Subastral joins the burgeoning subniche of short, moody environmental games that I am happy to see growing in the boardgame market. This 15-30 minute card game positions you and the other players as traveling researchers seeking to outdo one another in collecting the most information about Earth’s biomes. This plays out over a short game of playing and collecting selections of biome cards, seeking to gather the widest array of information possible. Though the theme and mechanics of Subastral have little to do with one another, the strategy at play makes it a worthwhile, if limited, experience.
However Subastral presents itself, the basis of the game is set collection, and the theme of research has essentially nothing to do with gameplay. This is a far cry from something like Arboretum or Kodama, where the geometry of the cards feeds directly into the environmental themes. Subastral’s decks of cards, representing several Earth biomes, is made up of sets of picturesque landscapes with facts about those environments, so the first few times through you will get a limited education in these areas.
Play starts with the shuffling of the deck, removing cards as necessary to fit the number of players. You will then construct the sky, placing the six cloud cards above the play area, and deal three cards to each player. Next, you shuffle the deck and place a Game End card into it, at a height from the bottom delineated by your player count. After dealing one card to each cloud card, you are ready to begin.
During play you have little you can do on your turn, but many choices to make. Your turn begins when you play a card from your hand onto the cloud card matching its number. If you have no cards, you will draw a card from the top of the deck and end your turn. Once you place a card, you will take all cards from a given cloud card. If those cards are to the left of the card you placed, you will add them to your hand. If they are to the right, you place them in your journal to score later. If you played on the first or last card and then take from the opposite end, you can choose whether to add the cards to your hand or journal. Once a cloud empties, you refill with the top card from the Biome deck. Once the end game card is revealed, you finish the round and score. Scoring rewards both heavy investment in a single biome and an array of biomes in sets.
Usually my rules summaries involve eliding over details or exceptions, but the paragraph above does contain the information necessary to play. What’s missing is the deceptive depth contained in that simplistic offering. You have a lot to manage in terms of your hand, your journal, the cards on the table, and your opponent’s targets. The more a pile of cards grow the more value it can give you, but the more likely it is to be snatched by another player. Learning your limitations and when to take certain cards is crucial to success, and rewards repeated play. Going for mixed sets may net you more points, but doing so is more difficult to pull off successfully, forcing you to balance the risks you take in order to succeed.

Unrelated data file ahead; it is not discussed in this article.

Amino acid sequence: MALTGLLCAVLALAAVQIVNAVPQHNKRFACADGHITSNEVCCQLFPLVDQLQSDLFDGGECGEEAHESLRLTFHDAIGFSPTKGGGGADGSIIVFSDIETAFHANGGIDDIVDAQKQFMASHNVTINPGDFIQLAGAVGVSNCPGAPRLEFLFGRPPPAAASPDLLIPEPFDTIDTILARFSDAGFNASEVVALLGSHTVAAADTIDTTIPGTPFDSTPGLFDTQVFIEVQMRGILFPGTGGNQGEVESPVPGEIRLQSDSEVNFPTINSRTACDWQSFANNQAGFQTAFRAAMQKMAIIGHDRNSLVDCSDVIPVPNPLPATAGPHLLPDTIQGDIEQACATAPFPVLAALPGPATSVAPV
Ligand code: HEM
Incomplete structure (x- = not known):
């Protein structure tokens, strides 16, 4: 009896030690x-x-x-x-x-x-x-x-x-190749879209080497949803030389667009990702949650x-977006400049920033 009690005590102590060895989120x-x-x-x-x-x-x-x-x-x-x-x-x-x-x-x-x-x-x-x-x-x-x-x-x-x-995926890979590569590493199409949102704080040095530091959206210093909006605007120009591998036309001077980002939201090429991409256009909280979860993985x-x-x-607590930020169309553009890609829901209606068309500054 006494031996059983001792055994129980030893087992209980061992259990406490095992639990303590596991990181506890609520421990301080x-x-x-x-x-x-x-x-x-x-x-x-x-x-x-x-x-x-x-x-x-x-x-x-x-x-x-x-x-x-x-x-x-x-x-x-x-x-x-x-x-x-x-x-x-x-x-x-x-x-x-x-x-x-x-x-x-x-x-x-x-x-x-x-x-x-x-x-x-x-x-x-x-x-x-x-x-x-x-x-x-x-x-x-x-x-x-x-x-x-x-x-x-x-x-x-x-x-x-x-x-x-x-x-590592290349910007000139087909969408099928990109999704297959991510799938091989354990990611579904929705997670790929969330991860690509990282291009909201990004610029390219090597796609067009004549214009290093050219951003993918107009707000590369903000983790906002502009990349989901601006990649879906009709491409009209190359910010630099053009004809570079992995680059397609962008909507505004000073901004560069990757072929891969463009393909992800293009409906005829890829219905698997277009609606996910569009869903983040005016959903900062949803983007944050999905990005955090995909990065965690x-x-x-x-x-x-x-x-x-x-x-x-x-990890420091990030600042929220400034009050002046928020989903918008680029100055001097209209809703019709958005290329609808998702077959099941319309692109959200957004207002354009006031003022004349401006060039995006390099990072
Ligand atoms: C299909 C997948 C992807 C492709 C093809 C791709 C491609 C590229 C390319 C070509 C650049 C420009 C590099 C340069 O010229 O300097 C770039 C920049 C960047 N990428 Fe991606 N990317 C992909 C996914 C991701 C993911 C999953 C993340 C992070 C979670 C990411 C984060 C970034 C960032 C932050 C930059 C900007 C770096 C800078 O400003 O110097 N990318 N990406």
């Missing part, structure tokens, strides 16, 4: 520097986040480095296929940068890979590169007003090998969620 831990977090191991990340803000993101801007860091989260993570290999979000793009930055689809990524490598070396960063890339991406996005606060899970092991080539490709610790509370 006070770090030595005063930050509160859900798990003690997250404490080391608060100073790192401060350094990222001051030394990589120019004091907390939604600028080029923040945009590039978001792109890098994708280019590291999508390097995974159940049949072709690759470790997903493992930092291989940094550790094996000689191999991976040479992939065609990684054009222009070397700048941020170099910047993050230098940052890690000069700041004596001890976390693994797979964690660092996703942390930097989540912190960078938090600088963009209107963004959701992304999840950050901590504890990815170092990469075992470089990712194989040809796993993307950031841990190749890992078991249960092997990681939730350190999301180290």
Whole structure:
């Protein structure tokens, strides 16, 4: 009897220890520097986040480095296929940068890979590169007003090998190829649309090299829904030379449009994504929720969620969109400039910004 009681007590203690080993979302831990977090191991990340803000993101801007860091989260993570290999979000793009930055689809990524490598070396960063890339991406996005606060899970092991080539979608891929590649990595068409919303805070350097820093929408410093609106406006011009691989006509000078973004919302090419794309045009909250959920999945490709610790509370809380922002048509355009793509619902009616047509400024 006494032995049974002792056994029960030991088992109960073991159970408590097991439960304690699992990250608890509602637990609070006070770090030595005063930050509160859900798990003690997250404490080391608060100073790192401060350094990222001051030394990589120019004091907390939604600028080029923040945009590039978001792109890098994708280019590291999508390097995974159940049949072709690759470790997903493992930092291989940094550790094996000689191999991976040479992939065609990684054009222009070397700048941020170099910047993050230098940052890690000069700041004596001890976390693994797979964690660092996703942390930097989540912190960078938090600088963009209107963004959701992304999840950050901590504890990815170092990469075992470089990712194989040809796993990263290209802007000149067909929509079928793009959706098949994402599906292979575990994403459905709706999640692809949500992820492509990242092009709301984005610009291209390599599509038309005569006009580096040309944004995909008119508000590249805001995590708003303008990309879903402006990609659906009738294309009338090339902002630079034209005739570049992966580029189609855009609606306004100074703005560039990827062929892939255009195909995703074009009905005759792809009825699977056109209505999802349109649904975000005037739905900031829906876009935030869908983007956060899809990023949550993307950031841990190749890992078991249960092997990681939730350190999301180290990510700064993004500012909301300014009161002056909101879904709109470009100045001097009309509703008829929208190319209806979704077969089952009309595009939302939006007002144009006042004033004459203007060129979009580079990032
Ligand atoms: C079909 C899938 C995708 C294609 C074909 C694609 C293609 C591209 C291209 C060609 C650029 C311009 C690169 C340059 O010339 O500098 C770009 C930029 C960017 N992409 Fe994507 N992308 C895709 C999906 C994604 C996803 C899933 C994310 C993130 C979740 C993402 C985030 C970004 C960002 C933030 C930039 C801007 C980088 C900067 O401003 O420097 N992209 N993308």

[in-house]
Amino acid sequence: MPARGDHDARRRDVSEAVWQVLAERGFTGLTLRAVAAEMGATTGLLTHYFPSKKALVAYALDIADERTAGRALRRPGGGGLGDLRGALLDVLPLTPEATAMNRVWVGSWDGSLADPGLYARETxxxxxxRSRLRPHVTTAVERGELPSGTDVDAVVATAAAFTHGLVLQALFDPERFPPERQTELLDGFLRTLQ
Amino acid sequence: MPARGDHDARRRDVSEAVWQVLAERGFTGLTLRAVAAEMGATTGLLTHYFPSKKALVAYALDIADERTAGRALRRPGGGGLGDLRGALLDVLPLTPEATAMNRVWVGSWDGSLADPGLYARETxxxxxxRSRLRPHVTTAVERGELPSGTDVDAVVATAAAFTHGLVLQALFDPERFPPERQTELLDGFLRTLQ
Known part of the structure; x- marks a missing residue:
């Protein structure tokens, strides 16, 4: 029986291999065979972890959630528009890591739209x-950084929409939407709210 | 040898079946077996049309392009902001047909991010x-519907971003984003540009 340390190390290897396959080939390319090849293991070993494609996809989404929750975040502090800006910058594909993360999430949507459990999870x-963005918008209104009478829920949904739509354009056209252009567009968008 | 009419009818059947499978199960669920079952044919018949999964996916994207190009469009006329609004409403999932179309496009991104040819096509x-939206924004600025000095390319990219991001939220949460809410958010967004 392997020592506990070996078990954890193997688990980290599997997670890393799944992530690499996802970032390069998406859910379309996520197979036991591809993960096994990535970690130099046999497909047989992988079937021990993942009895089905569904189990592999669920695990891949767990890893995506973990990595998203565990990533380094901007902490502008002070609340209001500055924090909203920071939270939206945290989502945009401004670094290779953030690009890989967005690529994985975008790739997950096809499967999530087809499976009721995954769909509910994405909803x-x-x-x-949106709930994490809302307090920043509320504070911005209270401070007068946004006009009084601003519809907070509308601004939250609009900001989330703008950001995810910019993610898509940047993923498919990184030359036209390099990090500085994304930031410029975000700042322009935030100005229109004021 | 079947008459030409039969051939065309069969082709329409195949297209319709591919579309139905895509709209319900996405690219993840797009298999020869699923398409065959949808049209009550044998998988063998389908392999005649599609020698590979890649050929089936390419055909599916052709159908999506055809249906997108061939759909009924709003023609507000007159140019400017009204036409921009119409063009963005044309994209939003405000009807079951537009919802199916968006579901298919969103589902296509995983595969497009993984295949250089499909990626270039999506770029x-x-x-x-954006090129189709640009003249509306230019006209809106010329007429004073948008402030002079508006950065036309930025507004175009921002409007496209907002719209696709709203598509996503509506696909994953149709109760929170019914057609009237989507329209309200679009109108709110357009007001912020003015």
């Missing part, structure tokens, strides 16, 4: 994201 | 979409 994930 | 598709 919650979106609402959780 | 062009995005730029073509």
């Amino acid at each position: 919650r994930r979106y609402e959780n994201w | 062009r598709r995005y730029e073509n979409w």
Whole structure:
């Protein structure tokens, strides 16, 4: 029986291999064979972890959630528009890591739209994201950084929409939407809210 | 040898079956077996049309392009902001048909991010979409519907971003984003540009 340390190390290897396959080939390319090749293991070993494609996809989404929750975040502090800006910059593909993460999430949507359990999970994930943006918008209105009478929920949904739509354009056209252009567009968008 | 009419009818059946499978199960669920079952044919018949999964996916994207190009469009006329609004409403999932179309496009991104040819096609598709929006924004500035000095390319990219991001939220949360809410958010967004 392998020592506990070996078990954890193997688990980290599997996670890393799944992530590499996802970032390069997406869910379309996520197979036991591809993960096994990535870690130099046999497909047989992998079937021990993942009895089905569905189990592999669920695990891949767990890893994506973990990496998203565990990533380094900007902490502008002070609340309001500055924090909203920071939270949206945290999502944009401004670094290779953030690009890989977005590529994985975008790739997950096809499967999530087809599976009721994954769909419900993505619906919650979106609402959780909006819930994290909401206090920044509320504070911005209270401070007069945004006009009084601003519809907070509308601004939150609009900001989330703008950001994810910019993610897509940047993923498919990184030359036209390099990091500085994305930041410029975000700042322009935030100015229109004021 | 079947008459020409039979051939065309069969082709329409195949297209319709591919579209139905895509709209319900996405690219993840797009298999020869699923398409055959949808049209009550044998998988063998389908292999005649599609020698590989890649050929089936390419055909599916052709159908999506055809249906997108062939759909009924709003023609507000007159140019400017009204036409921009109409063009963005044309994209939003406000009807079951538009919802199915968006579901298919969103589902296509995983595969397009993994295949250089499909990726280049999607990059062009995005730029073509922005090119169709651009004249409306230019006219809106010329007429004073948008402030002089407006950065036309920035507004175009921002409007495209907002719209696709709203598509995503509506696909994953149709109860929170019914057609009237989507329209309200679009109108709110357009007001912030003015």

Even so, there’s no getting around Subastral’s inherent position as a short game. Under most conditions you won’t play for longer than 20 minutes, and despite its replay value you find yourself tiring of it after a few games in a row. To be fair, the short time is a purposeful design choice, pressuring you to adopt a strategy and stick to it without knowing for sure if you have enough time to pull it off. Limited as it is in strategy and variation, Subastral is more an appetizer than full meal. That said, it’s more than reasonable for the price point, especially for something small enough to carry in a back pocket.
The last minor point of contention I hold with this game is its suggested player counts. With a game that relies to much on other player’s actions for its strategy, your ability to predict varies wildly depending on the number of people you have at the table. With two people and open journals, you can plan things out in advance and try to optimize your positioning carefully. When it gets up to five, however, Subastral devolves into a more chaotic grab for temporary gains, with the ultimate winner a beneficiary of chance nearly as much as decisionmaking.
John Farrell is a legal aid administrator, living in West Chester Pennsylvania. You can listen to him travel the weird west as Carrie A. Nation in the Joker's Wild podcast at: https://jokerswildpodcast.weebly.com/
Subastral is a small game with extremely light theming, but the balance of cards and time limit lead to a game of challenging, if not overly deep, decisions. It’s quick to learn and teach, at a small price point and storage cost, so its limitations are intentional features rather than drawbacks.